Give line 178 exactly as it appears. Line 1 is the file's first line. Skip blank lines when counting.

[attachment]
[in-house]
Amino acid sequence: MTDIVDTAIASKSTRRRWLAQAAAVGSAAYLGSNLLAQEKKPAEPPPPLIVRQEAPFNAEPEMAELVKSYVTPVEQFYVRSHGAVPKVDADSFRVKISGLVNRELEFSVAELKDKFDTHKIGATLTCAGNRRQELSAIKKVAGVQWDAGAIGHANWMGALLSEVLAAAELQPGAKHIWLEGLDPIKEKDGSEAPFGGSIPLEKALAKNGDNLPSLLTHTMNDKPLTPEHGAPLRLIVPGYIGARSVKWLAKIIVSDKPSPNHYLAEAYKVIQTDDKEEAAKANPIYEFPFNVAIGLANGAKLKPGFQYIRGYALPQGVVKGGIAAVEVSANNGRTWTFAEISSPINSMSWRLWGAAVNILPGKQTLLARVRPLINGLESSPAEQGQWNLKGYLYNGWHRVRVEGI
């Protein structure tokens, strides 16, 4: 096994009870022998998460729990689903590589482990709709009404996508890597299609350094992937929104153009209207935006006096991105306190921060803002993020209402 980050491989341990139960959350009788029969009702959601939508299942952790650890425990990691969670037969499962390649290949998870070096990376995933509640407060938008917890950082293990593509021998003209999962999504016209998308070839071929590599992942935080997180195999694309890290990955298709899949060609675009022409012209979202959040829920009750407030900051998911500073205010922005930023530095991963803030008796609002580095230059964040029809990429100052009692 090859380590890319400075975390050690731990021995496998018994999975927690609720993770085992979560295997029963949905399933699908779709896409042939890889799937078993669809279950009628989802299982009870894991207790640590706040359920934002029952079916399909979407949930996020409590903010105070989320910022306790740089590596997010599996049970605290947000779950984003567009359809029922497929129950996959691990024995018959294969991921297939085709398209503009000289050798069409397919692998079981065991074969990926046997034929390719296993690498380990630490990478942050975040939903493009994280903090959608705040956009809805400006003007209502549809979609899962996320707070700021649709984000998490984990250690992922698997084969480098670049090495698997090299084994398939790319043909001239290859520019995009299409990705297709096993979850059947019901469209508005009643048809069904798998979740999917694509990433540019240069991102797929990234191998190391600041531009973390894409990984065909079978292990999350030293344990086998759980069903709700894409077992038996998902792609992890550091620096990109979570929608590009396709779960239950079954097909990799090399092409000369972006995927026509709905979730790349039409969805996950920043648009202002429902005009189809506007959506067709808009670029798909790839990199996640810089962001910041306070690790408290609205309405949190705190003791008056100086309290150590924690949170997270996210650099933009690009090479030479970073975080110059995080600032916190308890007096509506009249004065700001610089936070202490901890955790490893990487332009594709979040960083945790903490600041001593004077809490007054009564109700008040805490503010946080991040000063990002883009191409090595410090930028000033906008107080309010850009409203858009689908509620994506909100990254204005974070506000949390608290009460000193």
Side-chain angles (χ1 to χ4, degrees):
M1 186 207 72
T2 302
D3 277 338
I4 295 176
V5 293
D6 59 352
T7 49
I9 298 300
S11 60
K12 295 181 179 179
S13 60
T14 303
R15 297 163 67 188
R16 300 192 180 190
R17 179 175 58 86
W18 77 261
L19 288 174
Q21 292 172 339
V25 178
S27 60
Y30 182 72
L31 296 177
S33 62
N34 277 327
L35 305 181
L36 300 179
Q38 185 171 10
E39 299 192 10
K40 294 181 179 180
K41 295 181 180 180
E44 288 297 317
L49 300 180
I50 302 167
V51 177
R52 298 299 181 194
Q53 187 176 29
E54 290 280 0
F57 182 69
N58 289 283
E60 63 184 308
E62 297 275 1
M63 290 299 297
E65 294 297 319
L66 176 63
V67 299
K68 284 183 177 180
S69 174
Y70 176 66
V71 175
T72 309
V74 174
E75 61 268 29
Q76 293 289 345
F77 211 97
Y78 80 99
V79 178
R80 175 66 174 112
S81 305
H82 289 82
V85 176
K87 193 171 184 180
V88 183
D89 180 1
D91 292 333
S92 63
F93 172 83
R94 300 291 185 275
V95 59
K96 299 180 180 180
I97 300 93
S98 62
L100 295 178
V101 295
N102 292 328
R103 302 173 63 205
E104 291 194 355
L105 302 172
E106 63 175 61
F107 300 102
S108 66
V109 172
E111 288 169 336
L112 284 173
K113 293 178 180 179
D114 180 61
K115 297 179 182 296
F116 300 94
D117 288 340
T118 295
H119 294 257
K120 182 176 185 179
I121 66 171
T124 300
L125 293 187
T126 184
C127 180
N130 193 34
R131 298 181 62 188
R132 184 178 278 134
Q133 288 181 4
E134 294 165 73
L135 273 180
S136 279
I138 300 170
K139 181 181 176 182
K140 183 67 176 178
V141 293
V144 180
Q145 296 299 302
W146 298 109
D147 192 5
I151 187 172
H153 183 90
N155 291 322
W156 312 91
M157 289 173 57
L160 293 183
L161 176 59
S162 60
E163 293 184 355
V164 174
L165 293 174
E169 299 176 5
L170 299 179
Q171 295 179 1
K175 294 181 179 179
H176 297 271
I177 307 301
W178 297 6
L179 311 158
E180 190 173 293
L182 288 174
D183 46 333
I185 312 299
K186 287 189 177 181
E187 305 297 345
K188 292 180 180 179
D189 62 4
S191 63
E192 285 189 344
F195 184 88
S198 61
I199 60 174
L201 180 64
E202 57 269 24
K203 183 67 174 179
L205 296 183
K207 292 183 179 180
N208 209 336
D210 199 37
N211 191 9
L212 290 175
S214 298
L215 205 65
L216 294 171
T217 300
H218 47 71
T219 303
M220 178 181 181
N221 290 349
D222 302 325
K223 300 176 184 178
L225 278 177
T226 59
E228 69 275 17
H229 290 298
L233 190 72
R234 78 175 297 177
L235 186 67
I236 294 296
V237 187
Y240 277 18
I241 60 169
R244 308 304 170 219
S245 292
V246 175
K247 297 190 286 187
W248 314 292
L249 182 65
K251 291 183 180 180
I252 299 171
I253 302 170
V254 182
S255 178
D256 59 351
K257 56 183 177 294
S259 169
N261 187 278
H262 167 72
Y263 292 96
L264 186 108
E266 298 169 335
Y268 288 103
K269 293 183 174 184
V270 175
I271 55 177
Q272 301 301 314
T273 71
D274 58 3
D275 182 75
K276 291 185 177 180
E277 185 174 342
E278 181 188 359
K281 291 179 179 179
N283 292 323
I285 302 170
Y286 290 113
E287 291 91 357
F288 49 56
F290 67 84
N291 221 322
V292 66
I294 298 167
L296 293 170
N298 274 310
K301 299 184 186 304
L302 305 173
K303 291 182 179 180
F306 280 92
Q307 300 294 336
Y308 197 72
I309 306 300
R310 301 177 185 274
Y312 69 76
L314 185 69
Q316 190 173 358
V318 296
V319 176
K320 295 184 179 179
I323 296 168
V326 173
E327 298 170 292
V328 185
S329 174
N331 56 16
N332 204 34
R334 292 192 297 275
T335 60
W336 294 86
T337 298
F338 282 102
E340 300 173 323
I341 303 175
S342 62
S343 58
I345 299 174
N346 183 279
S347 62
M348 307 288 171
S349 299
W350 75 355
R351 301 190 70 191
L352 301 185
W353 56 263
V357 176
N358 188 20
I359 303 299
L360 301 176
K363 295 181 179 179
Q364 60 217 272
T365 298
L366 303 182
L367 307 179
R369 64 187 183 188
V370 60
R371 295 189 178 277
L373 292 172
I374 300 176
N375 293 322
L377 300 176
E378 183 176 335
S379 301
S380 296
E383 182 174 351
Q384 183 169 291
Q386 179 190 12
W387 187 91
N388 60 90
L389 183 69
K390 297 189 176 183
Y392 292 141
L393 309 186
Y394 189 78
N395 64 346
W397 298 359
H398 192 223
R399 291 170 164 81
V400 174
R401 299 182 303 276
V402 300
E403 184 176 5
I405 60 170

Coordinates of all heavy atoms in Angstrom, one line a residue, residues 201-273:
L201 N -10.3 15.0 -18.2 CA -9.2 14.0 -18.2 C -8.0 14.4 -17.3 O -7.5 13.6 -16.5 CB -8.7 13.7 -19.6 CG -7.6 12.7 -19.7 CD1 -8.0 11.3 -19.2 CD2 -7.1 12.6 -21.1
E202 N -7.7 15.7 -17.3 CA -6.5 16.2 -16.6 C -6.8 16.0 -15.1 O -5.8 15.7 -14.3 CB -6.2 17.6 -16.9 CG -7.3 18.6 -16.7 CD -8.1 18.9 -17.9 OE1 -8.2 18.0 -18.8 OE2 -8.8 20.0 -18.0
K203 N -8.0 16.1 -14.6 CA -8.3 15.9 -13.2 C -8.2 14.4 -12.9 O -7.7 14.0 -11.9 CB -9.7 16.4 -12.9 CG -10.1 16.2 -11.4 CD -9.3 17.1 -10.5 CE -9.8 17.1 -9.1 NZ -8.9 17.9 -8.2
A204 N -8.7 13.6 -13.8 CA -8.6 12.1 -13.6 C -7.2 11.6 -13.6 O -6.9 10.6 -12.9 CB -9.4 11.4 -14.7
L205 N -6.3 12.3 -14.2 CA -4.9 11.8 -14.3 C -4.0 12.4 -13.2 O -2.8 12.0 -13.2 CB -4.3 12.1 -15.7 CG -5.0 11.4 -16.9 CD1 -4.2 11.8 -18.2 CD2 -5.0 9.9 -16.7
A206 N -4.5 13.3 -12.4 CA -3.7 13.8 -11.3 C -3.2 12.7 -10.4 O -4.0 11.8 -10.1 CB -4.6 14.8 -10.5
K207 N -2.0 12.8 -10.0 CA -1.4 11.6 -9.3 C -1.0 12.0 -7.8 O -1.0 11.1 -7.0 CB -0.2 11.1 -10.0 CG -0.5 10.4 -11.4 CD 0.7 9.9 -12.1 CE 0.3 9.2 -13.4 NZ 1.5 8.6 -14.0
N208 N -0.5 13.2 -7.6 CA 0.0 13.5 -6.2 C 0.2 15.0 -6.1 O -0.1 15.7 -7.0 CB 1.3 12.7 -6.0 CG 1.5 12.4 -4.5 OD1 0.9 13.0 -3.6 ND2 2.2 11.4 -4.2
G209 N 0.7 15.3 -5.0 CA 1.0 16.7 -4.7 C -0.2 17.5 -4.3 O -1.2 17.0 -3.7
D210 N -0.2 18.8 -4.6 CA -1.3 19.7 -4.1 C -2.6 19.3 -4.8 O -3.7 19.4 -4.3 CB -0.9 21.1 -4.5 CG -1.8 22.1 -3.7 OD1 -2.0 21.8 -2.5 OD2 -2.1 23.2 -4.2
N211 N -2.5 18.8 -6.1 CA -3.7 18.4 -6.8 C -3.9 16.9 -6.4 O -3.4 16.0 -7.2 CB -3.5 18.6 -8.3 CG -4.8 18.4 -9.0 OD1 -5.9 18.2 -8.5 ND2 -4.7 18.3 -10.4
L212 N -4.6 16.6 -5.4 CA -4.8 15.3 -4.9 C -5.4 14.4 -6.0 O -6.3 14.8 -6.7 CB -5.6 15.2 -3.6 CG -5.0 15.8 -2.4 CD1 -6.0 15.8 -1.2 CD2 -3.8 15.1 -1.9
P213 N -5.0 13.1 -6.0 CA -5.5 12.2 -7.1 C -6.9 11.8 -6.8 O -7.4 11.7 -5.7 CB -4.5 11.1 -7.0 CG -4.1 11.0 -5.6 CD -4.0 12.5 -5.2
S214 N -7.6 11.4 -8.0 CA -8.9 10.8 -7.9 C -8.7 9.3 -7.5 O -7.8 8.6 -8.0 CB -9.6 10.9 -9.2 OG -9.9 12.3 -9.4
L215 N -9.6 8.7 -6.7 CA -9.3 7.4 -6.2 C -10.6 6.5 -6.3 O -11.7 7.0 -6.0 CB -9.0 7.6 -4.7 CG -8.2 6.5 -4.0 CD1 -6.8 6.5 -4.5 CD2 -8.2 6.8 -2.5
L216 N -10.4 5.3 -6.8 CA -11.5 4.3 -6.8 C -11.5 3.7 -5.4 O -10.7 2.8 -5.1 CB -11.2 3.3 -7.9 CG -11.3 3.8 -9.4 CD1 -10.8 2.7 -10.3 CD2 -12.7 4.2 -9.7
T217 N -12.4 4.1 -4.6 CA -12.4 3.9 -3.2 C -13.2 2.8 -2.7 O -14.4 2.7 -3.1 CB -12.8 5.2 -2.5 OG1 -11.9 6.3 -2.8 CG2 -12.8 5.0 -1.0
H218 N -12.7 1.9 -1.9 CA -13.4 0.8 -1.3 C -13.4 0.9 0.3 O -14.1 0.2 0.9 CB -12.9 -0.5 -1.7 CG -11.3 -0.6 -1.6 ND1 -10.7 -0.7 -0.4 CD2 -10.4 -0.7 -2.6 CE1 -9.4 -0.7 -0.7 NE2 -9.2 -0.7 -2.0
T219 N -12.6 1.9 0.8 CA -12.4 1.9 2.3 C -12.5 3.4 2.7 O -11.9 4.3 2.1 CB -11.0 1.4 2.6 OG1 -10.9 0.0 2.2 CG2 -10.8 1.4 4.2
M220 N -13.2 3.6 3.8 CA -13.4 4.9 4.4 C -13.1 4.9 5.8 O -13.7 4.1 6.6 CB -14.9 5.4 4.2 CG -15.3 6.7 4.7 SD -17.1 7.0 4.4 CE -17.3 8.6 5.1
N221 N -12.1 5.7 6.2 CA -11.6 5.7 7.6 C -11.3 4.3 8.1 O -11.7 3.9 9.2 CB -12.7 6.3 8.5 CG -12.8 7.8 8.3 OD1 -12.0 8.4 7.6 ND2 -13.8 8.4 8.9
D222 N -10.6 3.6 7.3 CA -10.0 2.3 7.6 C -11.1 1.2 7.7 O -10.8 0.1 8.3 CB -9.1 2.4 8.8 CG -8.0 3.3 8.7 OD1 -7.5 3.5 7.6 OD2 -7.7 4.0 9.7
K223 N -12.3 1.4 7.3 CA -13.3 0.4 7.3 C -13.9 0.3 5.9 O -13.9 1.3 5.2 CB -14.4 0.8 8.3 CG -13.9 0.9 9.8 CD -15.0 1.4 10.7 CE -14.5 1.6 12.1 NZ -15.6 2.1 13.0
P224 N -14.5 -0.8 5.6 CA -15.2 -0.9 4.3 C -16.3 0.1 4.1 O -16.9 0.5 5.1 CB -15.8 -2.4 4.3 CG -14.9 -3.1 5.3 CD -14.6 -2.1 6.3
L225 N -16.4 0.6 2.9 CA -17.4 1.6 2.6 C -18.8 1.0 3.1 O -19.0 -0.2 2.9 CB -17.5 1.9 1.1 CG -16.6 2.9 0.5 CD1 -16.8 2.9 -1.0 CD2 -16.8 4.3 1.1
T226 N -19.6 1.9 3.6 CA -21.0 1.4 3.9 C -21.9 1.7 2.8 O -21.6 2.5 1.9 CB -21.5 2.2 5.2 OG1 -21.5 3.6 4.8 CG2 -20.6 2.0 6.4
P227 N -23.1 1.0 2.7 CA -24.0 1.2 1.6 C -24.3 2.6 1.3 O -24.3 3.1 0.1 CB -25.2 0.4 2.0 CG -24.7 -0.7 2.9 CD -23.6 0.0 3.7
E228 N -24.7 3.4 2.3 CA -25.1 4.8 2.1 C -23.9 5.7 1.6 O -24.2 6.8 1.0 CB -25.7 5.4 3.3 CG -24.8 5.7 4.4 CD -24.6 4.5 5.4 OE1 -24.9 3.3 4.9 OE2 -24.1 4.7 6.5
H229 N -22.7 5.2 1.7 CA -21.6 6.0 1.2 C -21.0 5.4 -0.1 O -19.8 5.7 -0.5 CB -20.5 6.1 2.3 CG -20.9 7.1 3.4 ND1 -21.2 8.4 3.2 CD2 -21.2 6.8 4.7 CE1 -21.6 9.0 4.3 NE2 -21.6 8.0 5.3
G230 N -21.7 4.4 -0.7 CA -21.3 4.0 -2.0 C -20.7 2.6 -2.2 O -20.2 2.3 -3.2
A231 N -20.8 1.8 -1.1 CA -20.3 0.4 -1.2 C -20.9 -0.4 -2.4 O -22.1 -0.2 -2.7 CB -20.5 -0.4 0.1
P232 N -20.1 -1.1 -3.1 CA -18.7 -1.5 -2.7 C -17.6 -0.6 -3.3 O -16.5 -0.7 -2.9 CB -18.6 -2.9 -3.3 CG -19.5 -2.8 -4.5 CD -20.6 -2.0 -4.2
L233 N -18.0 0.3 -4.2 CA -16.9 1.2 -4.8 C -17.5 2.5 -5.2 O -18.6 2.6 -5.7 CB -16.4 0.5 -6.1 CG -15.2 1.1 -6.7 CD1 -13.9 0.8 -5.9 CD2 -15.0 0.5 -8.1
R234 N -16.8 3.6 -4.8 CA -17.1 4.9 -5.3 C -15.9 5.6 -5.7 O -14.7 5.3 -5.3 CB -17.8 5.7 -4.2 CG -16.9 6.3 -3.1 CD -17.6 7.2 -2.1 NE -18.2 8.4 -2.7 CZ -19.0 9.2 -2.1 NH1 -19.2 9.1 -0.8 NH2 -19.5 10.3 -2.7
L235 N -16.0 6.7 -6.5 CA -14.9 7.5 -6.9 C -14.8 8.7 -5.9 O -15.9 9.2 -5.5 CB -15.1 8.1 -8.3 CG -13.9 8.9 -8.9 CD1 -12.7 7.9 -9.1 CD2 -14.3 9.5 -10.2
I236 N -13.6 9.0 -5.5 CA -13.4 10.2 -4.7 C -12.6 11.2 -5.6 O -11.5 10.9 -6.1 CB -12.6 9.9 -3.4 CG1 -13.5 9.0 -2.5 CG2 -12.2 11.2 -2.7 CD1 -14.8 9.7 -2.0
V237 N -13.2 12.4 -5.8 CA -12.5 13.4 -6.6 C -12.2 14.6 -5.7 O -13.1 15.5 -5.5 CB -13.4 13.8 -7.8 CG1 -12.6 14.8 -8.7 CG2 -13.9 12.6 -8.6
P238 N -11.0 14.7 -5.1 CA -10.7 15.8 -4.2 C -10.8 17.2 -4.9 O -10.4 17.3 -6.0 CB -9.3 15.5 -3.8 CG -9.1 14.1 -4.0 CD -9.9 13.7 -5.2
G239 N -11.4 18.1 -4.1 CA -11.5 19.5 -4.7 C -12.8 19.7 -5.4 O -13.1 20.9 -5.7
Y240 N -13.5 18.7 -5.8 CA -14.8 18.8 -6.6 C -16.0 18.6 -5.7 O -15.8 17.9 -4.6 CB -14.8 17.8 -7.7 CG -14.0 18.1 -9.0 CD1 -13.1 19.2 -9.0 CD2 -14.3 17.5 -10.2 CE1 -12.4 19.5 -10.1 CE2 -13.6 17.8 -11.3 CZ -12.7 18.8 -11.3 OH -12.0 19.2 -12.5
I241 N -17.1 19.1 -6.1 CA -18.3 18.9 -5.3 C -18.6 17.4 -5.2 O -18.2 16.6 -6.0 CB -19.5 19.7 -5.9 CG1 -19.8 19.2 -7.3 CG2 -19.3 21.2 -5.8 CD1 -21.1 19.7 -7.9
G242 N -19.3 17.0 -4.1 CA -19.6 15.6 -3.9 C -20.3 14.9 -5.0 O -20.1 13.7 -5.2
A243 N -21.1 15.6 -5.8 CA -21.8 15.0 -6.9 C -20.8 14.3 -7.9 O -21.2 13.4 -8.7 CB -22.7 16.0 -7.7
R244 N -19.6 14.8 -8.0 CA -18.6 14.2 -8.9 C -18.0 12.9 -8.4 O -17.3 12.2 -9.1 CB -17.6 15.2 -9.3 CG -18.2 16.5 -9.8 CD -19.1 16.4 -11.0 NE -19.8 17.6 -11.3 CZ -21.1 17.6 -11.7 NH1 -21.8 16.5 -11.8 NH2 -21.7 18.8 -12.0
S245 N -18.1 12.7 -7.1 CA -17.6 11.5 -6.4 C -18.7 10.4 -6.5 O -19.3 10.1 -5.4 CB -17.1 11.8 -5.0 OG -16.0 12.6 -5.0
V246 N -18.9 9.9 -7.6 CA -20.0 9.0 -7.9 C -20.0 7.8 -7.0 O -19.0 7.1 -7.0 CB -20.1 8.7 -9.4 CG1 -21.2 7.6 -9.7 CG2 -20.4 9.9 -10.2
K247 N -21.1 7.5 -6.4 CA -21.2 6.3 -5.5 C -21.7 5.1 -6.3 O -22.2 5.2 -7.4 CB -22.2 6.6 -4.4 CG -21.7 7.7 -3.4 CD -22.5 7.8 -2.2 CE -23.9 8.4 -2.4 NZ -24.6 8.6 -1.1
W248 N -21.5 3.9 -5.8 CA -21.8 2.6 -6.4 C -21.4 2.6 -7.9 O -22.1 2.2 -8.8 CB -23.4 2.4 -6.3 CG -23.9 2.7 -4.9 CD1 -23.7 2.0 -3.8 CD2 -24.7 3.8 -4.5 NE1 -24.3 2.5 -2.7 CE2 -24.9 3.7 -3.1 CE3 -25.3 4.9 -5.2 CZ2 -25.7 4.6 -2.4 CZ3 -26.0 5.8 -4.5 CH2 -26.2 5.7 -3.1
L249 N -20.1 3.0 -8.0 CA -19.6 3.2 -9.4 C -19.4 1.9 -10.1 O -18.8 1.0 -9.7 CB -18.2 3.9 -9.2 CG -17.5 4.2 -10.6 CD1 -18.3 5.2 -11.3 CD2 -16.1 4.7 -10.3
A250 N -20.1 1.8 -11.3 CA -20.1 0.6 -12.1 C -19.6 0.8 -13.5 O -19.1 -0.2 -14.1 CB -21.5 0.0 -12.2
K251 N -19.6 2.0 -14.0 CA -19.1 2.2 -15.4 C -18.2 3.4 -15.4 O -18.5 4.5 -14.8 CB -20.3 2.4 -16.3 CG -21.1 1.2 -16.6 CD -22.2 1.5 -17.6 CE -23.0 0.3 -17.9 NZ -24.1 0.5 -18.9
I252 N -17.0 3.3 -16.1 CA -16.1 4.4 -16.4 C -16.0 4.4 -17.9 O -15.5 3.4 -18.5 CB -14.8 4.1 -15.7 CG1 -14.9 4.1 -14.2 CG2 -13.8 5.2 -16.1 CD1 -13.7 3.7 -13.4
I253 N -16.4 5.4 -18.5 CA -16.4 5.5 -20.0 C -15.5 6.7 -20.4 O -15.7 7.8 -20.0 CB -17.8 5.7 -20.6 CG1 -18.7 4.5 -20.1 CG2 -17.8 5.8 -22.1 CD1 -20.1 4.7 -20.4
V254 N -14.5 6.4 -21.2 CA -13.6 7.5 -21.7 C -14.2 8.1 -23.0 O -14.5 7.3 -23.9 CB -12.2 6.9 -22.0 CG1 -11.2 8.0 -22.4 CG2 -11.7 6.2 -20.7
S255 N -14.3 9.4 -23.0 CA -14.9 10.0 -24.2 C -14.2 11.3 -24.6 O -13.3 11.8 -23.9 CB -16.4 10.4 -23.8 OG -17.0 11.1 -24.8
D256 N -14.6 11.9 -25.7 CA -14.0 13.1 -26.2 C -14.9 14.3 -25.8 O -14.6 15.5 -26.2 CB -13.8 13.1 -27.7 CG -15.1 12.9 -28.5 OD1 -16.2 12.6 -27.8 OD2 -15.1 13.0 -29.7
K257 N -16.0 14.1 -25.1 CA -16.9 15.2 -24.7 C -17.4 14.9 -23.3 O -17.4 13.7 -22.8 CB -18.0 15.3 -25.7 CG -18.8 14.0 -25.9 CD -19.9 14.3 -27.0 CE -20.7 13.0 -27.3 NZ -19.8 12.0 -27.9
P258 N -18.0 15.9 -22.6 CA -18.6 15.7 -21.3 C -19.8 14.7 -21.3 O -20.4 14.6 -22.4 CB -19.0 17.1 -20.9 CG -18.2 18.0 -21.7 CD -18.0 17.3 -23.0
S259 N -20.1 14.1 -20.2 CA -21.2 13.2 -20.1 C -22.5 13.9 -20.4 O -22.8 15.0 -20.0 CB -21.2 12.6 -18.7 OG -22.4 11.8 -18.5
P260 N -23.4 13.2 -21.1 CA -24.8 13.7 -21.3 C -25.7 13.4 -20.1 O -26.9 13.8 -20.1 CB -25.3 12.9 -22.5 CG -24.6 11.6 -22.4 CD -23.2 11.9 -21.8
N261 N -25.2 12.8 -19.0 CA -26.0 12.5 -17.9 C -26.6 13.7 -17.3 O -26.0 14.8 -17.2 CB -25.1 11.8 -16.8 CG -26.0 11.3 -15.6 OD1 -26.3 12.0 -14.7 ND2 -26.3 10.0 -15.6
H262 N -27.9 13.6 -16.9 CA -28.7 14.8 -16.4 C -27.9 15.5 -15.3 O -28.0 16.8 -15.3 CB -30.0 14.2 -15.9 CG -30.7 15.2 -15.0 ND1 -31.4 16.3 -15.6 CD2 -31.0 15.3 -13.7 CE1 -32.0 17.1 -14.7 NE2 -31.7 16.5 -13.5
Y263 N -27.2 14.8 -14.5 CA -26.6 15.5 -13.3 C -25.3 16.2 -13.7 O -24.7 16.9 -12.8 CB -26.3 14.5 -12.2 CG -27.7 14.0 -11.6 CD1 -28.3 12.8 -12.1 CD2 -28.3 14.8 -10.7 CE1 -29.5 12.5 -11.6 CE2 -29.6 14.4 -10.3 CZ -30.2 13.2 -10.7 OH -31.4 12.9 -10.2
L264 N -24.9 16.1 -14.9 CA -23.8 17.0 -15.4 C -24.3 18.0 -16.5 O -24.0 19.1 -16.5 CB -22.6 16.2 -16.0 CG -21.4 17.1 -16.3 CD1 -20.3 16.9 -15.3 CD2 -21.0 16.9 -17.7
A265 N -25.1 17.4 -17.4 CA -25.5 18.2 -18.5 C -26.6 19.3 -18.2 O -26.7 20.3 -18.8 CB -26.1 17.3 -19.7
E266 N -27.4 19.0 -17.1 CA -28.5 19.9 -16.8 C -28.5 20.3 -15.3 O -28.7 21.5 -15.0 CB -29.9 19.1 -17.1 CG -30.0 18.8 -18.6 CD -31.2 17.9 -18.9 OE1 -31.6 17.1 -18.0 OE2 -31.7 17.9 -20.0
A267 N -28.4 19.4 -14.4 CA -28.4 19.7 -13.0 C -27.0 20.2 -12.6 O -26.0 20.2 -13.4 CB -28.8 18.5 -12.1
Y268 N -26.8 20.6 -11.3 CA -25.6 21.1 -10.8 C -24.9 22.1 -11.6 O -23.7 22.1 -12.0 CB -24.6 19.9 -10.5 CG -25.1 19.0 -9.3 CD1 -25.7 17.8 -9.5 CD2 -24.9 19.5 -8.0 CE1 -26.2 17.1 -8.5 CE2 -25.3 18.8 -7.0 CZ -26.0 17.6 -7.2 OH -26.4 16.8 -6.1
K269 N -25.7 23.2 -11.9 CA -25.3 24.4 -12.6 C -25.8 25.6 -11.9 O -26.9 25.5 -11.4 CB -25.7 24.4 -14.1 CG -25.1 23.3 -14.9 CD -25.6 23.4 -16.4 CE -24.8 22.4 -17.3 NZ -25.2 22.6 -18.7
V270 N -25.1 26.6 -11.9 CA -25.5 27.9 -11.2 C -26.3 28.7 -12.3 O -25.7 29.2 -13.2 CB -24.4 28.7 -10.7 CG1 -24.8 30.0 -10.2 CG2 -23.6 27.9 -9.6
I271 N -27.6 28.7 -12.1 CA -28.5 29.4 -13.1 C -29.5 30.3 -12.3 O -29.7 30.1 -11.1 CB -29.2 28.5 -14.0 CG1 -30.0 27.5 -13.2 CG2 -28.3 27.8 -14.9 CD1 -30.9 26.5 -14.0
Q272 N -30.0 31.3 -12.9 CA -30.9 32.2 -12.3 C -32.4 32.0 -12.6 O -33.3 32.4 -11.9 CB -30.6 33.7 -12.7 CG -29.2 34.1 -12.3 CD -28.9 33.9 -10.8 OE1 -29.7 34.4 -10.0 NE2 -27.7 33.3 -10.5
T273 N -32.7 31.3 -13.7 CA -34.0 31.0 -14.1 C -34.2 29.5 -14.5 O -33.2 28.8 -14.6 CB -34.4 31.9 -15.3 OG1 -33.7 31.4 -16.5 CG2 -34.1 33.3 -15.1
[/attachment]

R244 308 304 170 219